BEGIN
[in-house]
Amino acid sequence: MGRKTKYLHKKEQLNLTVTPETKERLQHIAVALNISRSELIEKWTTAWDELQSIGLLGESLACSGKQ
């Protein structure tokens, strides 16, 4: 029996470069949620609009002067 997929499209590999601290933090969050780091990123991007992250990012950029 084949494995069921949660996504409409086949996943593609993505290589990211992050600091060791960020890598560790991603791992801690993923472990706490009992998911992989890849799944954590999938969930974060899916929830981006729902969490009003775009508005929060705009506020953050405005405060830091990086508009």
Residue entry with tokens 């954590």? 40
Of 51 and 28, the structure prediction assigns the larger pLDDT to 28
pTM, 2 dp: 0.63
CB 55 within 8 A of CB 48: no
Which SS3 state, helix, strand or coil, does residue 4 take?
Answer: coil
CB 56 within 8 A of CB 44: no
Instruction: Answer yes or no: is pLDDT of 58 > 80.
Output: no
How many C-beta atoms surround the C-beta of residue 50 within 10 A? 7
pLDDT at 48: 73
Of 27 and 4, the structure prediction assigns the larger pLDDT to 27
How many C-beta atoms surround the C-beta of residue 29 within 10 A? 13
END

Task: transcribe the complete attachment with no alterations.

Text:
[in-house]
Amino acid sequence: MGRKTKYLHKKEQLNLTVTPETKERLQHIAVALNISRSELIEKWTTAWDELQSIGLLGESLACSGKQ
């Protein structure tokens, strides 16, 4: 029996470069949620609009002067 997929499209590999601290933090969050780091990123991007992250990012950029 084949494995069921949660996504409409086949996943593609993505290589990211992050600091060791960020890598560790991603791992801690993923472990706490009992998911992989890849799944954590999938969930974060899916929830981006729902969490009003775009508005929060705009506020953050405005405060830091990086508009």
Residue entry with tokens 């954590």? 40
Of 51 and 28, the structure prediction assigns the larger pLDDT to 28
pTM, 2 dp: 0.63
CB 55 within 8 A of CB 48: no
Which SS3 state, helix, strand or coil, does residue 4 take?
Answer: coil
CB 56 within 8 A of CB 44: no
Instruction: Answer yes or no: is pLDDT of 58 > 80.
Output: no
How many C-beta atoms surround the C-beta of residue 50 within 10 A? 7
pLDDT at 48: 73
Of 27 and 4, the structure prediction assigns the larger pLDDT to 27
How many C-beta atoms surround the C-beta of residue 29 within 10 A? 13